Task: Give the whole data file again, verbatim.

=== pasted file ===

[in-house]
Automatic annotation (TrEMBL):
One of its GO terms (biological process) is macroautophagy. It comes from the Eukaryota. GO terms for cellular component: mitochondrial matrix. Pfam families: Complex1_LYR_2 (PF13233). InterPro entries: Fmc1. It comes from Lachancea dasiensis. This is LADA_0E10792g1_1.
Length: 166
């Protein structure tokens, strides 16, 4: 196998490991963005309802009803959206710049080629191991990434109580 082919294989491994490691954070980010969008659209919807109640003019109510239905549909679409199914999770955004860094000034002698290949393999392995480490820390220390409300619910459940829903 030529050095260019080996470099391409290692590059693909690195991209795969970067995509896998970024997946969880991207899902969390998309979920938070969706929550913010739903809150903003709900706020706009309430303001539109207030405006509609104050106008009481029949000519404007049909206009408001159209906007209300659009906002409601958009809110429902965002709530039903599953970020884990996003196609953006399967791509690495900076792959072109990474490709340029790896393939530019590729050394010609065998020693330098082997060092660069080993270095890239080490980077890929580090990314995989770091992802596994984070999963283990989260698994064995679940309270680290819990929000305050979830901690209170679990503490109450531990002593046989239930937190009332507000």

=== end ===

[in-house]
Automatic annotation (TrEMBL):
One of its GO terms (biological process) is macroautophagy. It comes from the Eukaryota. GO terms for cellular component: mitochondrial matrix. Pfam families: Complex1_LYR_2 (PF13233). InterPro entries: Fmc1. It comes from Lachancea dasiensis. This is LADA_0E10792g1_1.
Length: 166
């Protein structure tokens, strides 16, 4: 196998490991963005309802009803959206710049080629191991990434109580 082919294989491994490691954070980010969008659209919807109640003019109510239905549909679409199914999770955004860094000034002698290949393999392995480490820390220390409300619910459940829903 030529050095260019080996470099391409290692590059693909690195991209795969970067995509896998970024997946969880991207899902969390998309979920938070969706929550913010739903809150903003709900706020706009309430303001539109207030405006509609104050106008009481029949000519404007049909206009408001159209906007209300659009906002409601958009809110429902965002709530039903599953970020884990996003196609953006399967791509690495900076792959072109990474490709340029790896393939530019590729050394010609065998020693330098082997060092660069080993270095890239080490980077890929580090990314995989770091992802596994984070999963283990989260698994064995679940309270680290819990929000305050979830901690209170679990503490109450531990002593046989239930937190009332507000």